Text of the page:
Praise be to God believers do not need to remain in such a mode forever. The psalms and Christian experience give abundant evidence of God’s grace and a way out of such a mode. My wife and I can testify today that we would not trade the painful experience of infertility if we could. For one thing, we never would have met our two daughters, who are now in their 20s and whom we still love more than life itself. We cannot imagine life without them. For another, that searing experience helped shape who we are today. In contrast to our relatively self-sufficient lives up to that point, this experience showed us that we did not have full control of those lives. We could not fix our own situation (and the attendant feelings), so we were forced into more dependence on God. Today, we rejoice in the lessons of dependence on Him that we learned—and are still learning!—hard as they were (and are). Finally, the experience opened our eyes to many hurting people whom we might have looked right past had we not had this experience, and we have been able to minister to such people because of what we thought of as our travails and God’s unfairness to us. Not in our own strength, of course, but in the spirit of comfort that Paul wrote about in 1 Corinthians 1:3-4:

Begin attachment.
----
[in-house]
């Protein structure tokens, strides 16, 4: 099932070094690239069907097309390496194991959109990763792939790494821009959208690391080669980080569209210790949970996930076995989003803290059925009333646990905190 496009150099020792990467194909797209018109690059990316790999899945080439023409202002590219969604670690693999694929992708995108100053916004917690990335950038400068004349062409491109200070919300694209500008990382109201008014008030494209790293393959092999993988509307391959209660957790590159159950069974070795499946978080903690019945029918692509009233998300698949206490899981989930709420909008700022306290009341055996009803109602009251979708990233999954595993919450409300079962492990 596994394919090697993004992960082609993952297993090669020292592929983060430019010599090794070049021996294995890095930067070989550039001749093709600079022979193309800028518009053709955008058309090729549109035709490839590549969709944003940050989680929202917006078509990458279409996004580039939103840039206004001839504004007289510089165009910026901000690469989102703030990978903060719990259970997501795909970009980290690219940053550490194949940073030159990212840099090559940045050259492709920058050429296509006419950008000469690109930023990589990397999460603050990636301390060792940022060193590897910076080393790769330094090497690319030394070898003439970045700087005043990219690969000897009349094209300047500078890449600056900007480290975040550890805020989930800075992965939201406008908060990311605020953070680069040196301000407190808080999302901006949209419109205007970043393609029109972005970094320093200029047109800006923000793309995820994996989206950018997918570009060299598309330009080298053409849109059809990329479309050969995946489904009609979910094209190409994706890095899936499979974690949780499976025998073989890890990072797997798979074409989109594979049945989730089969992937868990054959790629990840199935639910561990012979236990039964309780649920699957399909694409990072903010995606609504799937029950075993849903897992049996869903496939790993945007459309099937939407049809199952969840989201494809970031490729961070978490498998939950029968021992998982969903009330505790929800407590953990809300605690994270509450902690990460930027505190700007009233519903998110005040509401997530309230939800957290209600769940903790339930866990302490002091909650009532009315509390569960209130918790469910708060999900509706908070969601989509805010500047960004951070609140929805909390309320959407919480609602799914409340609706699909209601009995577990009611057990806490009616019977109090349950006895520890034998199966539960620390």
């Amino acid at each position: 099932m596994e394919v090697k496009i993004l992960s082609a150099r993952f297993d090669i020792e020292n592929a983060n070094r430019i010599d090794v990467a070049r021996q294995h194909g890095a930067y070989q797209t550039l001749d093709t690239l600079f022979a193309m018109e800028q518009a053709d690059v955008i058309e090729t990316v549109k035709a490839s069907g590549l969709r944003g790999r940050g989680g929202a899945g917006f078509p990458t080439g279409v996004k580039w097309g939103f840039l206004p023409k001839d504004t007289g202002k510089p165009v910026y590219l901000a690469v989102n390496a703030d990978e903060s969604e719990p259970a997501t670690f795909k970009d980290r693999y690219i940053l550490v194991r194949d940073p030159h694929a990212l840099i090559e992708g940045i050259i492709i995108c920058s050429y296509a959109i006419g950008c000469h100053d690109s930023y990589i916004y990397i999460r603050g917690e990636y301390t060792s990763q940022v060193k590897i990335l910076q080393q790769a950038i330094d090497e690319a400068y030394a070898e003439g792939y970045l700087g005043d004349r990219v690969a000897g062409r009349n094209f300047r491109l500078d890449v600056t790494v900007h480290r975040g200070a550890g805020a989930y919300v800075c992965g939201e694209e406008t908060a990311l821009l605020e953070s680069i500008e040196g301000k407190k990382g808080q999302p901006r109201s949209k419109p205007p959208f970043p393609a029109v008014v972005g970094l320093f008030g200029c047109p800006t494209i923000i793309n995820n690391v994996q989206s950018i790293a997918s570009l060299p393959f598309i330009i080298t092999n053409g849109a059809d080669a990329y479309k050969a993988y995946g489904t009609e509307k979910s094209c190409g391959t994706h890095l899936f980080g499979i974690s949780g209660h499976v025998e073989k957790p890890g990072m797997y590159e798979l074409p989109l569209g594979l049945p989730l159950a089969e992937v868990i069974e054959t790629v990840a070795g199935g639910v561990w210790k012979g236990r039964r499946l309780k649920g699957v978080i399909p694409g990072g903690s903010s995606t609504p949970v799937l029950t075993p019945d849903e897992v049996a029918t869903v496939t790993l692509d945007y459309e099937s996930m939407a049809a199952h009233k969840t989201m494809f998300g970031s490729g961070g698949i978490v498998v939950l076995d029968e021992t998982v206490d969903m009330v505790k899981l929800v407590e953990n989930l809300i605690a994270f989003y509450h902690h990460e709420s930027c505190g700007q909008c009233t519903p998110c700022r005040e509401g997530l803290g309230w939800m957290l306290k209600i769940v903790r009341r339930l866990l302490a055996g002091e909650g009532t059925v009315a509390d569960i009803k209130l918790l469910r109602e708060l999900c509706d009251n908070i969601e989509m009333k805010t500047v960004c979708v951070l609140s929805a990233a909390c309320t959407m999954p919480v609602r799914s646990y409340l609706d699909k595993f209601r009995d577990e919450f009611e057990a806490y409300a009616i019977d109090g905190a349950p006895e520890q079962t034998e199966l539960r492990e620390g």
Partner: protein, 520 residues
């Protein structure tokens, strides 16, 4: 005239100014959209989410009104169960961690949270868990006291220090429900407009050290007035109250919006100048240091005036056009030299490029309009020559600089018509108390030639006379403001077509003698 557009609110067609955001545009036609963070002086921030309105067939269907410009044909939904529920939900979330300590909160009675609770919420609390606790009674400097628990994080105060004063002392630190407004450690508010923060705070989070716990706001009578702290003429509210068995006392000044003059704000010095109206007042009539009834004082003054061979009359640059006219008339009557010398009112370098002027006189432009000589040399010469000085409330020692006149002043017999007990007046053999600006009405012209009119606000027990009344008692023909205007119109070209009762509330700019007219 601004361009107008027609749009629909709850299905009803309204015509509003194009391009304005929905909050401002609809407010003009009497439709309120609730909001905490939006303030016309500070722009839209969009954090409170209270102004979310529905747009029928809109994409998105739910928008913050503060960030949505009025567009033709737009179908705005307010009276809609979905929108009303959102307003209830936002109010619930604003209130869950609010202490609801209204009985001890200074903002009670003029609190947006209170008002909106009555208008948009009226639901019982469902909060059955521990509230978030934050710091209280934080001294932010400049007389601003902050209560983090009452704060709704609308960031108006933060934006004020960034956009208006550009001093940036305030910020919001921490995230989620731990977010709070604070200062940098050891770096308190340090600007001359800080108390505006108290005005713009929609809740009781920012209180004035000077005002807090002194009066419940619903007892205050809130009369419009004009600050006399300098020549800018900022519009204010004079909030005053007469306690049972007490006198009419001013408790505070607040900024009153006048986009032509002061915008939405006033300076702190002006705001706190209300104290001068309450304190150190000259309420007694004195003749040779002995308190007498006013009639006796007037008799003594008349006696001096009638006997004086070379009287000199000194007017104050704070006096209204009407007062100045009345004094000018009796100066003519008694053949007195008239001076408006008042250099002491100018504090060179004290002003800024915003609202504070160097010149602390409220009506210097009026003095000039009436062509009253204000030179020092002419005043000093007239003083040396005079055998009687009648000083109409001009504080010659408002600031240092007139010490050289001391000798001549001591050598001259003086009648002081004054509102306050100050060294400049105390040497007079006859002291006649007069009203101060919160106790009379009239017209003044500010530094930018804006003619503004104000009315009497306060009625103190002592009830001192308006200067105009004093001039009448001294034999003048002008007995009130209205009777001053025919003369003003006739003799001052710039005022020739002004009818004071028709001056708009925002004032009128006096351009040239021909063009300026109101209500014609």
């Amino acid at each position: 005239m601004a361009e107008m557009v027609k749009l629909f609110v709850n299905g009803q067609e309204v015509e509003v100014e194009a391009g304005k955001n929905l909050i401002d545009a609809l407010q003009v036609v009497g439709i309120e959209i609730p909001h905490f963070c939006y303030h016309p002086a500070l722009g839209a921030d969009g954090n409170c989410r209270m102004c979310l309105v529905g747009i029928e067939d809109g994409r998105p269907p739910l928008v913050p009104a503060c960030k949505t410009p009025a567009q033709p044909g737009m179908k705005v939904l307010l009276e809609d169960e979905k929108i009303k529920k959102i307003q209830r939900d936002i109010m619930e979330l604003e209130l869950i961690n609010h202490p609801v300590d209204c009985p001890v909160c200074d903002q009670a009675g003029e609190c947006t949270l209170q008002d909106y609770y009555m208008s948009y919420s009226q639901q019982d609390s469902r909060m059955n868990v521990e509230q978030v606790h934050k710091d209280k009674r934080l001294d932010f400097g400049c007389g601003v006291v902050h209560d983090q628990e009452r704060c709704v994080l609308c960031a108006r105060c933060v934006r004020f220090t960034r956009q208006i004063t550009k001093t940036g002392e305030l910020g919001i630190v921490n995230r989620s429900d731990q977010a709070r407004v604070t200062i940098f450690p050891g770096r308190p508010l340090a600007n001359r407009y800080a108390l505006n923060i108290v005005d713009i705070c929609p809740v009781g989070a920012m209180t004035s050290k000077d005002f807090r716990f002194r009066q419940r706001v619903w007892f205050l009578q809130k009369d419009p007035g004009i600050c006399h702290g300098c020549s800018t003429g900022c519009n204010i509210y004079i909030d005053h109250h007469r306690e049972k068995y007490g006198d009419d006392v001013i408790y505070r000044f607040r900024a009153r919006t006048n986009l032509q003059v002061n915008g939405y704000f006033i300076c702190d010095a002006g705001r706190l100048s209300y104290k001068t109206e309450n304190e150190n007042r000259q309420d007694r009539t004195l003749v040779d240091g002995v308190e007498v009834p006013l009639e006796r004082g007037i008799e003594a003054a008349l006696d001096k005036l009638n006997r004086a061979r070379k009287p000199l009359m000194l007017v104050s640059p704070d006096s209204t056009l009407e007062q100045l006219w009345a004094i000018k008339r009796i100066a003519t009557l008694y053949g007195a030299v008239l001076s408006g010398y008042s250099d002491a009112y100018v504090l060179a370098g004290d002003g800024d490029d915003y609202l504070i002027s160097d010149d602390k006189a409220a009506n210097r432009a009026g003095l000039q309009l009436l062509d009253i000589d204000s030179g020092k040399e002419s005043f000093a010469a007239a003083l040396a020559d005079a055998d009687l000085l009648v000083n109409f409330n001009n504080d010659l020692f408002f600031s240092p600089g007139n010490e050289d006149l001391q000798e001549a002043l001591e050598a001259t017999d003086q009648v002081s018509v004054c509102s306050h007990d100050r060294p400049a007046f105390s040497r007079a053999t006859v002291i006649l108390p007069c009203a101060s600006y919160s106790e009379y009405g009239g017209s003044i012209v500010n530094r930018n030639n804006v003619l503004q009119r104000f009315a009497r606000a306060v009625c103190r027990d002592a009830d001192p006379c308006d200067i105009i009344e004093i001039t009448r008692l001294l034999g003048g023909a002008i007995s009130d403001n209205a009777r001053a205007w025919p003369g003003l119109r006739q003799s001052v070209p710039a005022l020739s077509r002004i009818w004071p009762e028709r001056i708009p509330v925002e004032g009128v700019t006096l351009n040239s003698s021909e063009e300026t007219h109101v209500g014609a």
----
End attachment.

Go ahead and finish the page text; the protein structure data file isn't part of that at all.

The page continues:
“Praise be to the God and Father of our Lord Jesus Christ, the Father of compassion and the God of all comfort, who comforts us in all our troubles, so that we can comfort those in any trouble with the comfort we ourselves receive from God.”

So, Jan and I now live in a mode of new orientation, having learned many lessons. That does not obviate the need for the church to address those who are not there yet, who are living in the deepest disorientation. In the words of the sermon, “[God] only wants us not to abandon Him; He wants us to cling to Him, the God of our salvation, so that in due time, when we are able we may again praise Him.” For those in great distress, Psalm 88 can offer some measure of comfort and hope.

1Walter Brueggemann, “Psalms and the Life of Faith: A Suggested Typology of Function,” Journal for the Study of the Old Testament 17 (1980), 3-32. A more accessible presentation of this typology may be found in his Spirituality of the Psalms (Minneapolis: Augsburg Fortress, 2002).